Steel and concrete/cement are the main basic materials used in the construction of most systems for electricity generation capacity (except solar PV). In the present study, we focus on the material use associated with wind power, as this generation technology dominates the expanded generation capacity of the coming decades in the model. Additional transmission capacity also implies the increased use of basic materials, predominantly in the forms of aluminium and copper, both of which are used in transmission cables, substations and transformers. As shown in Figure 4, the levels of material use for wind power and transmission technologies are highest over the present decade (2020–2030). The expected annual level of material use for the energy transition is equivalent to around 10% of the annual consumption of copper in the EU, while corresponding to around 2% of EU steel and aluminium consumption and less than 1% of the annual consumption of cement in the EU. While the overall levels of material use for the entire region do not demonstrate large differences between the two scenarios, there are substantial differences between the scenarios for individual regions. In Sweden, for example, the amount of steel required for the expansion of wind capacity up to Years 2040 and 2050 for the No Collaboration scenario is almost double than that for the Collaboration scenario. In both cases, a high demand for steel can be expected beyond Year 2050 when the wind turbines built in Year 2030 will need to be replaced. Obviously, there is a need to relate the transition of the energy system to the needs for materials and other resources. This will have important implications for different industries and their associated value chains in terms of what they can expect in the future, given different scenarios. This will likely entail both opportunities for material suppliers (as in the current example) and challenges such as increased competition (resulting in increased prices) for raw materials (such as iron ore for steel production).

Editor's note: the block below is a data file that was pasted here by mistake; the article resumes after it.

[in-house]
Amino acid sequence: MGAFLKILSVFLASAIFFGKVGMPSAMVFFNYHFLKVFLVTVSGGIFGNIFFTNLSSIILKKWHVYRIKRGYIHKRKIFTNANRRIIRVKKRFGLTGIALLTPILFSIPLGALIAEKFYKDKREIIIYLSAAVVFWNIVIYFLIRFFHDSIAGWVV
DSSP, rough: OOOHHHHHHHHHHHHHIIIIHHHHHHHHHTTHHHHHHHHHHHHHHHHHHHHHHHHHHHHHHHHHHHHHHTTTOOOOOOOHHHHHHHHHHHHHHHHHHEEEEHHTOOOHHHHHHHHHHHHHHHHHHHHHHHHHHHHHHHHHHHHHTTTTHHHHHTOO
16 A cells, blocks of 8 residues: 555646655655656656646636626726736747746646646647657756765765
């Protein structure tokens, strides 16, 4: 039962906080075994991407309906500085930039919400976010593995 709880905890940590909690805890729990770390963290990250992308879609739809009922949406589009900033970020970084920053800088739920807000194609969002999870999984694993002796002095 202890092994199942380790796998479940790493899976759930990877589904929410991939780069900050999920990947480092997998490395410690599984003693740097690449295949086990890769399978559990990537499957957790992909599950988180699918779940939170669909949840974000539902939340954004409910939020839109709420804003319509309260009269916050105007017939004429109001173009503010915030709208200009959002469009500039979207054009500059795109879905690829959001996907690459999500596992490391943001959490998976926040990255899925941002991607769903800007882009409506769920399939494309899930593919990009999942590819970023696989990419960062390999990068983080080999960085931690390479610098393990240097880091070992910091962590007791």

FIGURE 4
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FIGURE 4. Material usage of base materials in the analysed scenarios.

Critical Material Uses and Scale-Up of Batteries

The lithium-ion EV battery manufacturing capacity globally was 200 GWh/yr in 2019 (Author anonymous, 2019b). The average cobalt content of a battery is about 0.36 kg/kWh based on the current battery chemistries. The average amount of vanadium in flow batteries (an option to invest in stationary applications in the model) is about 5.2 kg/kWh (Zhang et al., 2016). The cobalt and vanadium global reserves amount to 18 and 22 Mtonnes, respectively, of which around 10% (1.8 Mtonnes) and <1% (<0.2 Mtonnes), respectively, are located in the modelled region (Alves Dias et al., 2018). Table 2 shows the number of stationary and EV batteries produced and the results for the two indicators: the BPR (i.e., the required battery capacity divided by the current production capacity) and the CMR, in the two scenarios for the entire modelled region in Years 2030, 2040 and 2050.

TABLE 2
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TABLE 2. The numbers of stationary and electric vehicle (EV) batteries produced, the battery production ratios, and the Critical Materials ratios for the Collaboration and No Collaboration scenarios in Years 2030, 2040 and 2050.